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Hate Mail for Old Abe Lincoln

Those somewhat sensitive to blasphemy may prefer to stop reading at this point.

This letter from a man called Pete Muggins to Abraham Lincoln, responding to Lincoln’s recent election to the office of US President in 1860, reveals to us that hate mail and trolling are far from a modern phenomenon. No doubt politicians have ever been objects of hatred yet before the advent of mass communication it was relatively rare for us to see directly the bitterness and rage that private citizens sent their way. This is a quite extraordinary outburst of bile and hatred and it gives us an insight into one extreme of the feelings surrounding Lincoln’s election in 1860; an election that led to the secession of the southern states of America and eventual Civil War.

A transcript of the letter is below but if you’ve no time to read it, it can be summed up in a few words: “God damn your god-damned soul and god damn you …” and so forth.

After several lines of repetitive abuse, the damning of Lincoln, his family, his friends, his friends’ families and the Vice President, Muggins gets to the nub of the matter. As you may have guessed, the root of Muggins’ ire with Lincoln is that he is a “God damned old abolition son of a bitch”. Lincoln’s election in 1860 was on an anti-slavery platform, something which deeply threatened the way of life and prosperity of many in the south who relied on the institution. Among the upset, it appears, was Pete Muggins. 



Pete Muggins to Abraham Lincoln, November 25th, 1860 © The Gilder Lehrman Institute


This rather incoherent, yet stylistically consistent, rant ends with the puzzling damning of three or four “pretty gals” and the demand to send the writer “one dozen good offices”. Then in a wonderful and sudden mellowing, Muggins finishes with a most civilized and conventional “Will Oblige”. What he will oblige is an intriguing thought. One would assume that the linguistic shifts over time make the language used in this letter incredibly strong for its era. We can only imagine that in today’s parlance it might read something like “Old Abe Lincoln, you’re a complete *~@##**@! *@$*#!”, and so on.

Apparently this was one of many letters that Lincoln received and, before leaving his legal practice in Springfield for his inauguration, he took them down to the cabinet maker below his offices and asked the craftsmen to burn them in his stove. The cabinet maker instead asked if he could keep them and here it us with us, soon to feature in American History, 1493-1945: From the Gilder Lehrmam Institute of American History, New York. Ultimately, this letter gives us a great insight into the extreme passions of the era, passions that would lead to years of war and hundreds of thousands of deaths.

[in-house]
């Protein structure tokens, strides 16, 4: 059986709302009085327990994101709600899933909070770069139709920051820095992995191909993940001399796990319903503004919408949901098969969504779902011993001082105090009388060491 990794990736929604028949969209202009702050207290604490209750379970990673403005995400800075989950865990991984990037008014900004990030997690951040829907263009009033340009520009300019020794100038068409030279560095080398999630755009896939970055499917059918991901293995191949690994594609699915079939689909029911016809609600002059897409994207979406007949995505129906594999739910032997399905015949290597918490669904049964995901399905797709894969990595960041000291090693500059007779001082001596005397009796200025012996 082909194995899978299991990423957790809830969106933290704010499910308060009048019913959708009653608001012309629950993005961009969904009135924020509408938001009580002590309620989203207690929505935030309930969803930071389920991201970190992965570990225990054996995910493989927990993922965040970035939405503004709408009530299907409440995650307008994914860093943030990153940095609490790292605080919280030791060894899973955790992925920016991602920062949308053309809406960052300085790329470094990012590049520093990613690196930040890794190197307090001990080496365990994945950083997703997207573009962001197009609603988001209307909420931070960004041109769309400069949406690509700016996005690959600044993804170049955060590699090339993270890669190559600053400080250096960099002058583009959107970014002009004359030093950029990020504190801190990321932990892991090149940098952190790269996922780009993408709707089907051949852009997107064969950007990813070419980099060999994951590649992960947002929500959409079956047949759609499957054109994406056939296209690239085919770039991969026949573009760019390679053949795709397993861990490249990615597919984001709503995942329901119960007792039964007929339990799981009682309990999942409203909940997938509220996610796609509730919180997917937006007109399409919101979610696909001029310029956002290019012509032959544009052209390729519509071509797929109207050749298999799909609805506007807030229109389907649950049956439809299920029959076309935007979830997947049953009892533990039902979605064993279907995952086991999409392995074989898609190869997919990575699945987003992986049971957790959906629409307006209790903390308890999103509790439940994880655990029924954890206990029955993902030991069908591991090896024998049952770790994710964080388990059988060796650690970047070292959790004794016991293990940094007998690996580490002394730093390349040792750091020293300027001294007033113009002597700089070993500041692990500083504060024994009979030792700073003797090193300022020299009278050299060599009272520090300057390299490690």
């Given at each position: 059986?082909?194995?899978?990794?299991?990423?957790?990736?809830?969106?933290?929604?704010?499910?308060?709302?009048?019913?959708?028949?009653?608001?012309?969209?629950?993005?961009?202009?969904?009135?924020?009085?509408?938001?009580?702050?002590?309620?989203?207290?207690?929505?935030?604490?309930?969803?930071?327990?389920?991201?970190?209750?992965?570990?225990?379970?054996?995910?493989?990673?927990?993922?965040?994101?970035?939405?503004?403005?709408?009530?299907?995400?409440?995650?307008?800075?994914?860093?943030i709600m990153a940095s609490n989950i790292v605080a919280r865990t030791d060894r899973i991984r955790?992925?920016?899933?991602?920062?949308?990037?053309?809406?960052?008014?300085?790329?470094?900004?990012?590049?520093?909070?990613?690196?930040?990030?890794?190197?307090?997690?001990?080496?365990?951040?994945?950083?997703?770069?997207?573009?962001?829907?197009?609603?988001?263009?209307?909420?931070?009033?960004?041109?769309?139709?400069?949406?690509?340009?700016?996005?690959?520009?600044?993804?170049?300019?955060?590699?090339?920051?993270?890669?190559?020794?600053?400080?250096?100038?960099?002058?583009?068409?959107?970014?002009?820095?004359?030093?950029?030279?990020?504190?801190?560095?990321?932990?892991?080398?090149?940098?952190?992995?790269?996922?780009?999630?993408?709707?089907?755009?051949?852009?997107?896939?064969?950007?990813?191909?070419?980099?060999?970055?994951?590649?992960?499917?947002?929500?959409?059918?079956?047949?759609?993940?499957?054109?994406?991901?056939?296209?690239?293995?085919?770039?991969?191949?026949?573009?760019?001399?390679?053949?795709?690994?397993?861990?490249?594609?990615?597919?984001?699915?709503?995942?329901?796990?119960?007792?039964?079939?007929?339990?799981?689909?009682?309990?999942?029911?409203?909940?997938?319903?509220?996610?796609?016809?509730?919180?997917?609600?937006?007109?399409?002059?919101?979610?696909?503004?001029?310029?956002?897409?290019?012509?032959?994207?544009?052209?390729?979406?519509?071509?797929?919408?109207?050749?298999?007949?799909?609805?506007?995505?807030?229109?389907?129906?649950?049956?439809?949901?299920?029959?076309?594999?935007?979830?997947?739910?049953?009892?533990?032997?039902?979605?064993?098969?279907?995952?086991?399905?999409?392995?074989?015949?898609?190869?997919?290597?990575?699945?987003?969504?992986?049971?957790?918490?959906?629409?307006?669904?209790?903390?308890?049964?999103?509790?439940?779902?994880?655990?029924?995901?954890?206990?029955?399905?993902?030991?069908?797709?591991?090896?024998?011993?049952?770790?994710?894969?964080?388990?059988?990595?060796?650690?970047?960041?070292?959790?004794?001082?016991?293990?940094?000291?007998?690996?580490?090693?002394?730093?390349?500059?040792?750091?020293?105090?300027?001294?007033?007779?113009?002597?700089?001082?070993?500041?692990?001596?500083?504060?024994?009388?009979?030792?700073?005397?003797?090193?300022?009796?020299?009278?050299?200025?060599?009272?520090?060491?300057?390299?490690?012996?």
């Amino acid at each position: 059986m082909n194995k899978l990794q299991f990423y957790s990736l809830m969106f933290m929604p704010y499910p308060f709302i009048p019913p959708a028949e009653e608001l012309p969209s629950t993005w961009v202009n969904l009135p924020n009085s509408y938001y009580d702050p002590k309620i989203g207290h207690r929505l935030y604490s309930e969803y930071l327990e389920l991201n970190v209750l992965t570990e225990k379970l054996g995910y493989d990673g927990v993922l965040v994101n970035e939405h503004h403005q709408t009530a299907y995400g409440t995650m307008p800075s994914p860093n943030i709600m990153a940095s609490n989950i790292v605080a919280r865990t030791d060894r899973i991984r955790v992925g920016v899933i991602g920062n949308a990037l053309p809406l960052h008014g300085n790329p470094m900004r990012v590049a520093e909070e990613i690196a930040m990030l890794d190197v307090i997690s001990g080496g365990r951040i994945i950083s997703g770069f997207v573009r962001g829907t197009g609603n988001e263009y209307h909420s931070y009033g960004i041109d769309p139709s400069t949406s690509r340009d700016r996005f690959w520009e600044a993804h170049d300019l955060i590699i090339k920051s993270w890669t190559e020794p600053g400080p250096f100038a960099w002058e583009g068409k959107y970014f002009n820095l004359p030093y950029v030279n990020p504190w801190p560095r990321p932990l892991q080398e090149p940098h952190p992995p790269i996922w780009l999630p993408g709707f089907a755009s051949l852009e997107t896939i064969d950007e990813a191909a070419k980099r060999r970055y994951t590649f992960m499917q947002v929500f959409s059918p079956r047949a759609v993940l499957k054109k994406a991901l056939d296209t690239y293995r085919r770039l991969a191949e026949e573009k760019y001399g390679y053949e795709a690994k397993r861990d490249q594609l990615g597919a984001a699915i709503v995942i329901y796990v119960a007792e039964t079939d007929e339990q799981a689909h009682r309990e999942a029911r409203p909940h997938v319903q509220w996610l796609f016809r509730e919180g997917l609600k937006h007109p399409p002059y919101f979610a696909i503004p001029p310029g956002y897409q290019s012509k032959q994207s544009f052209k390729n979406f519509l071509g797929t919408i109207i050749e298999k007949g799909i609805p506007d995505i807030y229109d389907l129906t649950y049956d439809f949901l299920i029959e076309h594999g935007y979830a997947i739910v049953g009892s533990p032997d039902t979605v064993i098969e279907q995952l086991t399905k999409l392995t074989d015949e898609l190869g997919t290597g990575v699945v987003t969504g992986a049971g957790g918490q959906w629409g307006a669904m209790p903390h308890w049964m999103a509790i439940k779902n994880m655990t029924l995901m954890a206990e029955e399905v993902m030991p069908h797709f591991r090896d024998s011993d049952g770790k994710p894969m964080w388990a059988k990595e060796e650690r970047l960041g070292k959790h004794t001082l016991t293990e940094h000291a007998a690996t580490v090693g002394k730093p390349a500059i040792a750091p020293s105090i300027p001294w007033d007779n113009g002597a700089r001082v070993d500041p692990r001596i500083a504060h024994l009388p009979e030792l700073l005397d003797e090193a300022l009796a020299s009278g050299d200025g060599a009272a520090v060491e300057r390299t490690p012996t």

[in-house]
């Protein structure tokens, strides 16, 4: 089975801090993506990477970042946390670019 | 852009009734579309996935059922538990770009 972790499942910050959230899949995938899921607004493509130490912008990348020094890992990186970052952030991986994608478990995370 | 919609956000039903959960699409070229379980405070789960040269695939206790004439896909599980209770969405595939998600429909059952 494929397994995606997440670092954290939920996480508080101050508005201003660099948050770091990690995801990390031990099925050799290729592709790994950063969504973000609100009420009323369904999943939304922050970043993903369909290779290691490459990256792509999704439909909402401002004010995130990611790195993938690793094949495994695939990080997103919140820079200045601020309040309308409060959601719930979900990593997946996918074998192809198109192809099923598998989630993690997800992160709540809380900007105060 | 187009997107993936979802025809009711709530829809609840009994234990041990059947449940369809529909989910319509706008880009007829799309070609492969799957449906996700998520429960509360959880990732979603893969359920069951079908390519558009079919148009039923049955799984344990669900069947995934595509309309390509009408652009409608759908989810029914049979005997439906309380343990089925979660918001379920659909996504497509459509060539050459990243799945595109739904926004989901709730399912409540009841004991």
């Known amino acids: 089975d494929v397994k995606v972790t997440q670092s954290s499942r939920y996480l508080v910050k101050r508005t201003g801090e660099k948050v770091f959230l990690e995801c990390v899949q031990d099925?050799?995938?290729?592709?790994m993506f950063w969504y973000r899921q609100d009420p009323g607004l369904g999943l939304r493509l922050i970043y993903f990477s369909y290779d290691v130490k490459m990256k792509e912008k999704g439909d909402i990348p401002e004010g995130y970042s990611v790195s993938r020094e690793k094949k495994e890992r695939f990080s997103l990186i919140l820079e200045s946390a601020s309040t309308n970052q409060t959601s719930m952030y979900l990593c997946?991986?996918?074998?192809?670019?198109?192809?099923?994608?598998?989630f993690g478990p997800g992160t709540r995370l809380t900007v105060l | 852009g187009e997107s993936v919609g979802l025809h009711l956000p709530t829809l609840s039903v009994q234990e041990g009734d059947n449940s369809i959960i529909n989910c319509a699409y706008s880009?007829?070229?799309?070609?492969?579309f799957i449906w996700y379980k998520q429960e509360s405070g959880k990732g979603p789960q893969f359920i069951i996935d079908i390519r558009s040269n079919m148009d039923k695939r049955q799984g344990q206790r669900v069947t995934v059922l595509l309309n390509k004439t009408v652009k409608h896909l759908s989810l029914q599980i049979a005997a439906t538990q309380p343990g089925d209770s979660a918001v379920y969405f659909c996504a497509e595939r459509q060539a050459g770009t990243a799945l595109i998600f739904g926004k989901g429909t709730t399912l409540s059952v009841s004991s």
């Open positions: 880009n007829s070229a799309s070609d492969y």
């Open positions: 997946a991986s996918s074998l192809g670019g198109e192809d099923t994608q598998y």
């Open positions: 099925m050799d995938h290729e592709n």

Fillmore La Nov 25th 1860

Old Abe Lincoln
God damn your god damned of hellfire of god damned soul to hell god damn you and god damn your god damned family’s god damn hellfired god damned soul to hell and god damnation god damn them and god-damn your god damn friends to hell god damn their god damned souls to damnation god damn them and god damn their god damn families to eternal god damnation god damn souls to hell god damn them and God Almighty God damn Old Hamlin to go hell God damn his God damned soul God all over everywhere double damn his God damned soul to hell.
Now you God damned old abolition son of a bitch God damned you I want you to send me God damn you about one dozen good offices Good God almighty God damn your God damned soul and three or four pretty Gals God damn you you
And by doing God damn you
Will Oblige
Pete Muggins





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  • guest

    Arthur Shippee

    "I want you to send me ... about one dozen good offices ... and three or four pretty Gals ... And by doing ... you Will Oblige" I think this is the last sentence, i.e., Lincoln's sending such things will oblige Muggins. Also, I think the transcription here is wrong: the "you you" should be down a line, right?

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    • Felix Barnes

      Much obliged for the correction. 

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    • Felix Barnes

      ... although the line order seems to be alright on the transcription but you're right about the way it reads. Thanks.

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